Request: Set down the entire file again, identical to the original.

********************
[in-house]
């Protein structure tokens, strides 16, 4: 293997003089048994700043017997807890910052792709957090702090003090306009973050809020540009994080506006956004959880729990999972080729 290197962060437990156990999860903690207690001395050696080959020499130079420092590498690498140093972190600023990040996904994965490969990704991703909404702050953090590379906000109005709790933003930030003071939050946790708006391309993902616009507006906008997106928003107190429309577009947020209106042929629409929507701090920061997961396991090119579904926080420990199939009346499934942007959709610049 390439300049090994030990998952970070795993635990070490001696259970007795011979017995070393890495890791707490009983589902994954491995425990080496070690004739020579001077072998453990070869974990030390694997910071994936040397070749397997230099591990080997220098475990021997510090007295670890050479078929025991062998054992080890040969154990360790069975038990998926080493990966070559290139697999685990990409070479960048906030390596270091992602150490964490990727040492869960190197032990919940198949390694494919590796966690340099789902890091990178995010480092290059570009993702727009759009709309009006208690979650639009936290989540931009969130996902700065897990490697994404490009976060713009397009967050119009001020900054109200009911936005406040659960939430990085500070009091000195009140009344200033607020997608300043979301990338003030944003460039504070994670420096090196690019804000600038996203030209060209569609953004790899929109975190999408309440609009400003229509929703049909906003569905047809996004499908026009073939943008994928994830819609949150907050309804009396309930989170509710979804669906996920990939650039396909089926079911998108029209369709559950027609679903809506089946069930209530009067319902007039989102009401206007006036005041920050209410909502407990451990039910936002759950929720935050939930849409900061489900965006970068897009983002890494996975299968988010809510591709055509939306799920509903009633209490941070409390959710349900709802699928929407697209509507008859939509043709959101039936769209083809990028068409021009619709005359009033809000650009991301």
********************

[in-house]
């Protein structure tokens, strides 16, 4: 293997003089048994700043017997807890910052792709957090702090003090306009973050809020540009994080506006956004959880729990999972080729 290197962060437990156990999860903690207690001395050696080959020499130079420092590498690498140093972190600023990040996904994965490969990704991703909404702050953090590379906000109005709790933003930030003071939050946790708006391309993902616009507006906008997106928003107190429309577009947020209106042929629409929507701090920061997961396991090119579904926080420990199939009346499934942007959709610049 390439300049090994030990998952970070795993635990070490001696259970007795011979017995070393890495890791707490009983589902994954491995425990080496070690004739020579001077072998453990070869974990030390694997910071994936040397070749397997230099591990080997220098475990021997510090007295670890050479078929025991062998054992080890040969154990360790069975038990998926080493990966070559290139697999685990990409070479960048906030390596270091992602150490964490990727040492869960190197032990919940198949390694494919590796966690340099789902890091990178995010480092290059570009993702727009759009709309009006208690979650639009936290989540931009969130996902700065897990490697994404490009976060713009397009967050119009001020900054109200009911936005406040659960939430990085500070009091000195009140009344200033607020997608300043979301990338003030944003460039504070994670420096090196690019804000600038996203030209060209569609953004790899929109975190999408309440609009400003229509929703049909906003569905047809996004499908026009073939943008994928994830819609949150907050309804009396309930989170509710979804669906996920990939650039396909089926079911998108029209369709559950027609679903809506089946069930209530009067319902007039989102009401206007006036005041920050209410909502407990451990039910936002759950929720935050939930849409900061489900965006970068897009983002890494996975299968988010809510591709055509939306799920509903009633209490941070409390959710349900709802699928929407697209509507008859939509043709959101039936769209083809990028068409021009619709005359009033809000650009991301």